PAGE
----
Bryan Fuller elaborates on his ‘Bohemian Rhapsody’ criticism and LGBTQ representation.

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On May 15, the trailer for “Bohemian Rhapsody,” the long-awaited biopic about Queen singer Freddie Mercury, made its way online to a (mostly) positive reaction.

Within 24 hours, the film’s trailer racked up more than 5 million views on YouTube, propelling it to the top spot on the site’s trending list.

At first glance, it looks pretty great: Rami Malek makes for a convincing Mercury, and there’s obviously some great music. Even for a film that lost its original star (Sacha Baron Cohen) and multiple directors (Bryan Singer and Dexter Fletcher), it feels promising.

“The first show I created was called ‘Dead Like Me.’ As a proud homosexual, I wanted to represent queer characters,” he said during the speech:

“[The protagonist] George’s father was gay, and as the product of a gay person who bred despite better instincts, George’s life was an even greater miracle — and that she lost it so young an even greater tragedy. Mandy Patinkin’s monologue would write itself — except it didn’t. The studio and the showrunner made the character straight, and I was powerless to stop them.”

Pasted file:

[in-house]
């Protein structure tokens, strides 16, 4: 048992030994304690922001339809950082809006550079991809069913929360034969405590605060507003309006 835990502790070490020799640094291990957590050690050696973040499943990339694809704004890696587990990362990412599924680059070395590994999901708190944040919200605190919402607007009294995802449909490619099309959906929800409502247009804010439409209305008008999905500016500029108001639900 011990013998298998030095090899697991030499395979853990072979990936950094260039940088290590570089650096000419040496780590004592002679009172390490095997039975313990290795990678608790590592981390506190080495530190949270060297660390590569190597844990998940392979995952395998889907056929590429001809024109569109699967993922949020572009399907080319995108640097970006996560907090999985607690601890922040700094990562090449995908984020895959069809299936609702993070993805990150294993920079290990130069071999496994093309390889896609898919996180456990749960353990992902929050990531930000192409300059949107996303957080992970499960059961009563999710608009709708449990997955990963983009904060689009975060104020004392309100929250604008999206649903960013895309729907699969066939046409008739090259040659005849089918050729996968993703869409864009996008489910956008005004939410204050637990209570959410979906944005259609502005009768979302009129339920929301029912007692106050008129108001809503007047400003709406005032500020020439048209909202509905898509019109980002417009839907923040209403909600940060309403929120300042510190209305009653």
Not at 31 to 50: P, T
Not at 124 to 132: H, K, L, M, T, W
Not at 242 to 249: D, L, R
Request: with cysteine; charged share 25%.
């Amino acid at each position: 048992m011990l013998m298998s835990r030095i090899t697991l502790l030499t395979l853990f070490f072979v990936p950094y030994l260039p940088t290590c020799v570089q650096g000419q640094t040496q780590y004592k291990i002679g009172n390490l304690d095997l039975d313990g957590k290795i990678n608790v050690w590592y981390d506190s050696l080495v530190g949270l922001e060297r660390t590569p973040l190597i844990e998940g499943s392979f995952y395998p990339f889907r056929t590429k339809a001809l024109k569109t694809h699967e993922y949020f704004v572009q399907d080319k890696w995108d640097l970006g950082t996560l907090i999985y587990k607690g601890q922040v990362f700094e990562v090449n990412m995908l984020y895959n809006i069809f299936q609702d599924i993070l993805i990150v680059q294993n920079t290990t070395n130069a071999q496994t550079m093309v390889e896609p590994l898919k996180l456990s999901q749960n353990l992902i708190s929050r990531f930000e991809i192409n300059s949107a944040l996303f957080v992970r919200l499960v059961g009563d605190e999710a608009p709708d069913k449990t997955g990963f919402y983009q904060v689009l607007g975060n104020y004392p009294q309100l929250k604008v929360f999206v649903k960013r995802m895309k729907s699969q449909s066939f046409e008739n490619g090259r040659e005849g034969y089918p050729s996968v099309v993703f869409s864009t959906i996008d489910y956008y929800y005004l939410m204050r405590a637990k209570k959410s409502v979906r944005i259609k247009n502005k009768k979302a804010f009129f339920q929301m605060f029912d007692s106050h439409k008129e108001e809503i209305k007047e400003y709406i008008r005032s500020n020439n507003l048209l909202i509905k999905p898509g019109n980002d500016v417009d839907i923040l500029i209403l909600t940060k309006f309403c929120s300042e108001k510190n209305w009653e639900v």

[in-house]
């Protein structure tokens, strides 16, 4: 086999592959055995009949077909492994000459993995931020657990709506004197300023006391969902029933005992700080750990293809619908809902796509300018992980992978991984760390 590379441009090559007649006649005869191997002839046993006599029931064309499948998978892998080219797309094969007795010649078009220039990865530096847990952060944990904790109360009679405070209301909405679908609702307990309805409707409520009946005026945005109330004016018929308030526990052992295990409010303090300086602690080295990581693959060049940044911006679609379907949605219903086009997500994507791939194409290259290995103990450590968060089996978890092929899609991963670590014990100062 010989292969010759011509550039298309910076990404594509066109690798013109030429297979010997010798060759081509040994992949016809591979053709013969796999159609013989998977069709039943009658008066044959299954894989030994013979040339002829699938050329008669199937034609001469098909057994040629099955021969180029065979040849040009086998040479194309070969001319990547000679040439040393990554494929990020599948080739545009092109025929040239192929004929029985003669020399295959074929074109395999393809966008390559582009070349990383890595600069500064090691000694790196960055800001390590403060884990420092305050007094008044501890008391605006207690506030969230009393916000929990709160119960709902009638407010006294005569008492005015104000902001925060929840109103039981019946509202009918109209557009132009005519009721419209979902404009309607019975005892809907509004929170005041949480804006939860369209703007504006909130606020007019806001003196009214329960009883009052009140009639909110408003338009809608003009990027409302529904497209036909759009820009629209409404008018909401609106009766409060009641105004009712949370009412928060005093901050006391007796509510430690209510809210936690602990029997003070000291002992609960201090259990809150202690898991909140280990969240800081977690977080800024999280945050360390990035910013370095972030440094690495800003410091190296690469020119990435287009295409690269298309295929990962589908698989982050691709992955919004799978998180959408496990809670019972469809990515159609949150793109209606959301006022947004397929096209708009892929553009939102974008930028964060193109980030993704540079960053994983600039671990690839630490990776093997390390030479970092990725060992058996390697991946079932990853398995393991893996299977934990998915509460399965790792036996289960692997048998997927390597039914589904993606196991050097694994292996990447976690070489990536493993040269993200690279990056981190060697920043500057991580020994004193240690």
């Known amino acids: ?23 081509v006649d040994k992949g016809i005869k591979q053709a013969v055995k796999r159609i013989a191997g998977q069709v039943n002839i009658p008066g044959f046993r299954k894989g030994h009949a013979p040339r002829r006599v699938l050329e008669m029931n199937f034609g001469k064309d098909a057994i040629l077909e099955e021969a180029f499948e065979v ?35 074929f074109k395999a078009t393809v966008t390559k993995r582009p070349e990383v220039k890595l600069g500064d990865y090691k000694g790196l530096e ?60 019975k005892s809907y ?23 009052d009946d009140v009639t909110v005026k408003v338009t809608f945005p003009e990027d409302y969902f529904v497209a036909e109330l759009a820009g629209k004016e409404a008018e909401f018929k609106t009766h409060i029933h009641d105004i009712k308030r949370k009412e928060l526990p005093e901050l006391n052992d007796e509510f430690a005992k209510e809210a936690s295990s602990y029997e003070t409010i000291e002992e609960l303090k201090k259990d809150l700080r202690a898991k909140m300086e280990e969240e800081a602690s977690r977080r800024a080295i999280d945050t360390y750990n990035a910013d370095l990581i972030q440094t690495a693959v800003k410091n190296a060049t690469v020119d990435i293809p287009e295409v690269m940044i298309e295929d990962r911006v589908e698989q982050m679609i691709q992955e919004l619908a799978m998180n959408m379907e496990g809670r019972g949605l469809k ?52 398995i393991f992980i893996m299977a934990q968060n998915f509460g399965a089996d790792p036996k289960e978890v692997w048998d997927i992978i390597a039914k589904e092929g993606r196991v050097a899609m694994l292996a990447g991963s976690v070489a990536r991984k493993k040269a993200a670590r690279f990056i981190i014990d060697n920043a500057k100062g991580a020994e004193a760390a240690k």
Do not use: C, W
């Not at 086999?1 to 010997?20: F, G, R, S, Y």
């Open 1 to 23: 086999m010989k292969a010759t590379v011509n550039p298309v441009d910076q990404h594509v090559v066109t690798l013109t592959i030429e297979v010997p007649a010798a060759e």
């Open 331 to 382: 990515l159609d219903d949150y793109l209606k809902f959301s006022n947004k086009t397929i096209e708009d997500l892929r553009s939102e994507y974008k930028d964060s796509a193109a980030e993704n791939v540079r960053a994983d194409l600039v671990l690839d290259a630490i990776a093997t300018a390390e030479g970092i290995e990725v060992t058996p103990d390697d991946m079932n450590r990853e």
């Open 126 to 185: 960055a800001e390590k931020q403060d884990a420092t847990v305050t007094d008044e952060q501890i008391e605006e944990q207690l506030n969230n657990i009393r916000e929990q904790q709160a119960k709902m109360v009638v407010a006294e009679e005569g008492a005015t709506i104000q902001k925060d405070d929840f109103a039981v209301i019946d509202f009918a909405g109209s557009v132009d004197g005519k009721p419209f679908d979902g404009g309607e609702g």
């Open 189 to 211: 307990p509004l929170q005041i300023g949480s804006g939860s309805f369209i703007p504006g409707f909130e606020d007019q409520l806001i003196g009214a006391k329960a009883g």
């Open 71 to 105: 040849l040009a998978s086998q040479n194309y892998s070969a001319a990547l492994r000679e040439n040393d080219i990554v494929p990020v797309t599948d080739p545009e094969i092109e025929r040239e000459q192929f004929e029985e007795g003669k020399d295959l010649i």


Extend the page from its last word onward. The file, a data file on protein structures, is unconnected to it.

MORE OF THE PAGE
Looking at his own career, from the complete straightwashing of the characters he created in “Dead Like Me” to the queerbaiting (where it’s suggested that one or more characters in a show might be LGBTQ but is never actually addressed) of “Pushing Daisies” and “Hannibal” to the upfront portrayal of queer characters in “American Gods,” it’s easy to see that there has been progress in this area.

Even so, the fact that a biopic of queer icon Freddie Mercury dances around such an essential part of his life and death shows just how much more there’s left to go.

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